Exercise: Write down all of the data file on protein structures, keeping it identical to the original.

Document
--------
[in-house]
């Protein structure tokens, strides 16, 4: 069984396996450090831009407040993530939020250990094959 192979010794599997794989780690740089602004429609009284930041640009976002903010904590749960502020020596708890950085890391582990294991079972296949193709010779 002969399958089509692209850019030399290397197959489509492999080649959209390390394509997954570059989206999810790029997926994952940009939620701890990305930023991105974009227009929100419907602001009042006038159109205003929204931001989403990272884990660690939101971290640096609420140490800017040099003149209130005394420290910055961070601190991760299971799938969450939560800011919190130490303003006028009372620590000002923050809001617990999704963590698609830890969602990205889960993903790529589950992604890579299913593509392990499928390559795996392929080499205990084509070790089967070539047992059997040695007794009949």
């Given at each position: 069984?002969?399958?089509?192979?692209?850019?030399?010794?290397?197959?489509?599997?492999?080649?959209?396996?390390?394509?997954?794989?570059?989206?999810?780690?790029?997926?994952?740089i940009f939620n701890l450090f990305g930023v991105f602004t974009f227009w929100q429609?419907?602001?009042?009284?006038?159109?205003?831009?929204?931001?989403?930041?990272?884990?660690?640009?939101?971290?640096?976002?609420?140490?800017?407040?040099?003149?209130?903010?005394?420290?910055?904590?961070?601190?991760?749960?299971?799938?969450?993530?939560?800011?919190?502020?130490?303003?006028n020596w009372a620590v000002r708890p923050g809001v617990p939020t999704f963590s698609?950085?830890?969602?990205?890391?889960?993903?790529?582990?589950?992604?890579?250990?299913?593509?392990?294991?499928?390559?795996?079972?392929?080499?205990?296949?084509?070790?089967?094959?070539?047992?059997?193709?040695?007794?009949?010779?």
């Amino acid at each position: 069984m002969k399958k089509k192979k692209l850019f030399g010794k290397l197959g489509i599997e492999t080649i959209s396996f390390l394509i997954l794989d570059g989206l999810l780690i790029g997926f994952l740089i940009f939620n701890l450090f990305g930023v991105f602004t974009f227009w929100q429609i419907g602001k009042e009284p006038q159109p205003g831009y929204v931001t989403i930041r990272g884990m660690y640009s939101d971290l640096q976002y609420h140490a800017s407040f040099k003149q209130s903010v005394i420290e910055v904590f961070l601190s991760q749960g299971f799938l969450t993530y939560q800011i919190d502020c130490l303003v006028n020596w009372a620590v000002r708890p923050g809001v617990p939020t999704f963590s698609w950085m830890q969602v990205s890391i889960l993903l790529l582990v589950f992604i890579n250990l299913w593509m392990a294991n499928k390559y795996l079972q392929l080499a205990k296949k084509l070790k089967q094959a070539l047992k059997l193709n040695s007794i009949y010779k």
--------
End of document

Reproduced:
[in-house]
């Protein structure tokens, strides 16, 4: 069984396996450090831009407040993530939020250990094959 192979010794599997794989780690740089602004429609009284930041640009976002903010904590749960502020020596708890950085890391582990294991079972296949193709010779 002969399958089509692209850019030399290397197959489509492999080649959209390390394509997954570059989206999810790029997926994952940009939620701890990305930023991105974009227009929100419907602001009042006038159109205003929204931001989403990272884990660690939101971290640096609420140490800017040099003149209130005394420290910055961070601190991760299971799938969450939560800011919190130490303003006028009372620590000002923050809001617990999704963590698609830890969602990205889960993903790529589950992604890579299913593509392990499928390559795996392929080499205990084509070790089967070539047992059997040695007794009949």
């Given at each position: 069984?002969?399958?089509?192979?692209?850019?030399?010794?290397?197959?489509?599997?492999?080649?959209?396996?390390?394509?997954?794989?570059?989206?999810?780690?790029?997926?994952?740089i940009f939620n701890l450090f990305g930023v991105f602004t974009f227009w929100q429609?419907?602001?009042?009284?006038?159109?205003?831009?929204?931001?989403?930041?990272?884990?660690?640009?939101?971290?640096?976002?609420?140490?800017?407040?040099?003149?209130?903010?005394?420290?910055?904590?961070?601190?991760?749960?299971?799938?969450?993530?939560?800011?919190?502020?130490?303003?006028n020596w009372a620590v000002r708890p923050g809001v617990p939020t999704f963590s698609?950085?830890?969602?990205?890391?889960?993903?790529?582990?589950?992604?890579?250990?299913?593509?392990?294991?499928?390559?795996?079972?392929?080499?205990?296949?084509?070790?089967?094959?070539?047992?059997?193709?040695?007794?009949?010779?």
């Amino acid at each position: 069984m002969k399958k089509k192979k692209l850019f030399g010794k290397l197959g489509i599997e492999t080649i959209s396996f390390l394509i997954l794989d570059g989206l999810l780690i790029g997926f994952l740089i940009f939620n701890l450090f990305g930023v991105f602004t974009f227009w929100q429609i419907g602001k009042e009284p006038q159109p205003g831009y929204v931001t989403i930041r990272g884990m660690y640009s939101d971290l640096q976002y609420h140490a800017s407040f040099k003149q209130s903010v005394i420290e910055v904590f961070l601190s991760q749960g299971f799938l969450t993530y939560q800011i919190d502020c130490l303003v006028n020596w009372a620590v000002r708890p923050g809001v617990p939020t999704f963590s698609w950085m830890q969602v990205s890391i889960l993903l790529l582990v589950f992604i890579n250990l299913w593509m392990a294991n499928k390559y795996l079972q392929l080499a205990k296949k084509l070790k089967q094959a070539l047992k059997l193709n040695s007794i009949y010779k």